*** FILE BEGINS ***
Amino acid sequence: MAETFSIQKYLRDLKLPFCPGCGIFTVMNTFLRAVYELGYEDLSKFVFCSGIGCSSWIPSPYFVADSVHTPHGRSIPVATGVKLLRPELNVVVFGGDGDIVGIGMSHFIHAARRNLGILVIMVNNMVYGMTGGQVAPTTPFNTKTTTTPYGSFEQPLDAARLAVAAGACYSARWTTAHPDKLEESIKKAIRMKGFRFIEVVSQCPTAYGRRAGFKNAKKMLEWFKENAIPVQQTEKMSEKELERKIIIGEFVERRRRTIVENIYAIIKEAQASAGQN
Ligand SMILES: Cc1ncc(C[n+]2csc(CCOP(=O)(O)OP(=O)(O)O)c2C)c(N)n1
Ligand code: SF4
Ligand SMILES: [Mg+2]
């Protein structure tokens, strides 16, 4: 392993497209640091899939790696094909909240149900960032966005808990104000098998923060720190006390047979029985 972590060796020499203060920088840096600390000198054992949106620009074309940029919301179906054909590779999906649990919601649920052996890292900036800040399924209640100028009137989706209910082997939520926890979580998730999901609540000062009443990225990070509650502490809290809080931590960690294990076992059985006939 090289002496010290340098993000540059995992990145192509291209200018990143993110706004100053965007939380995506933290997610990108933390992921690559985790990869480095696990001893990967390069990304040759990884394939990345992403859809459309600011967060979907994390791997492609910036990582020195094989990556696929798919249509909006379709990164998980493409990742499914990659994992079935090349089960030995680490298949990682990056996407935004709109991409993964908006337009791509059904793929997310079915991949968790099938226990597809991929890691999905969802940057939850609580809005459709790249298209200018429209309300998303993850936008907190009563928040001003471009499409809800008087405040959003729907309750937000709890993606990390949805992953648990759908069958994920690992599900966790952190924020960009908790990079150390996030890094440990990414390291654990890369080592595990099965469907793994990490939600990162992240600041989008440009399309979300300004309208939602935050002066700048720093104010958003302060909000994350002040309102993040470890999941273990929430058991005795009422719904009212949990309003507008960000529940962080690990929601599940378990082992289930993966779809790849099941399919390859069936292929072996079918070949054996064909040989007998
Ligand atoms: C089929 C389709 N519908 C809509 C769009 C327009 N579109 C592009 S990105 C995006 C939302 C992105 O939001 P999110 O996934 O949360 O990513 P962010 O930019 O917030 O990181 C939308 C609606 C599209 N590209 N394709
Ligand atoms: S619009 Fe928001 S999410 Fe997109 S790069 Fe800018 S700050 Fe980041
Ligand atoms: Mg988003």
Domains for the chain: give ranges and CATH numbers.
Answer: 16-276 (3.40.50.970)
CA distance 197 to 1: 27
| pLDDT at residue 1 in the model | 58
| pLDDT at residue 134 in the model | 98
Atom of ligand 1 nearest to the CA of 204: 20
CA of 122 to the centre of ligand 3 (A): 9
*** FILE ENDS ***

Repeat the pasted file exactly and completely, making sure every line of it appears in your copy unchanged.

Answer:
Amino acid sequence: MAETFSIQKYLRDLKLPFCPGCGIFTVMNTFLRAVYELGYEDLSKFVFCSGIGCSSWIPSPYFVADSVHTPHGRSIPVATGVKLLRPELNVVVFGGDGDIVGIGMSHFIHAARRNLGILVIMVNNMVYGMTGGQVAPTTPFNTKTTTTPYGSFEQPLDAARLAVAAGACYSARWTTAHPDKLEESIKKAIRMKGFRFIEVVSQCPTAYGRRAGFKNAKKMLEWFKENAIPVQQTEKMSEKELERKIIIGEFVERRRRTIVENIYAIIKEAQASAGQN
Ligand SMILES: Cc1ncc(C[n+]2csc(CCOP(=O)(O)OP(=O)(O)O)c2C)c(N)n1
Ligand code: SF4
Ligand SMILES: [Mg+2]
């Protein structure tokens, strides 16, 4: 392993497209640091899939790696094909909240149900960032966005808990104000098998923060720190006390047979029985 972590060796020499203060920088840096600390000198054992949106620009074309940029919301179906054909590779999906649990919601649920052996890292900036800040399924209640100028009137989706209910082997939520926890979580998730999901609540000062009443990225990070509650502490809290809080931590960690294990076992059985006939 090289002496010290340098993000540059995992990145192509291209200018990143993110706004100053965007939380995506933290997610990108933390992921690559985790990869480095696990001893990967390069990304040759990884394939990345992403859809459309600011967060979907994390791997492609910036990582020195094989990556696929798919249509909006379709990164998980493409990742499914990659994992079935090349089960030995680490298949990682990056996407935004709109991409993964908006337009791509059904793929997310079915991949968790099938226990597809991929890691999905969802940057939850609580809005459709790249298209200018429209309300998303993850936008907190009563928040001003471009499409809800008087405040959003729907309750937000709890993606990390949805992953648990759908069958994920690992599900966790952190924020960009908790990079150390996030890094440990990414390291654990890369080592595990099965469907793994990490939600990162992240600041989008440009399309979300300004309208939602935050002066700048720093104010958003302060909000994350002040309102993040470890999941273990929430058991005795009422719904009212949990309003507008960000529940962080690990929601599940378990082992289930993966779809790849099941399919390859069936292929072996079918070949054996064909040989007998
Ligand atoms: C089929 C389709 N519908 C809509 C769009 C327009 N579109 C592009 S990105 C995006 C939302 C992105 O939001 P999110 O996934 O949360 O990513 P962010 O930019 O917030 O990181 C939308 C609606 C599209 N590209 N394709
Ligand atoms: S619009 Fe928001 S999410 Fe997109 S790069 Fe800018 S700050 Fe980041
Ligand atoms: Mg988003």
Domains for the chain: give ranges and CATH numbers.
Answer: 16-276 (3.40.50.970)
CA distance 197 to 1: 27
| pLDDT at residue 1 in the model | 58
| pLDDT at residue 134 in the model | 98
Atom of ligand 1 nearest to the CA of 204: 20
CA of 122 to the centre of ligand 3 (A): 9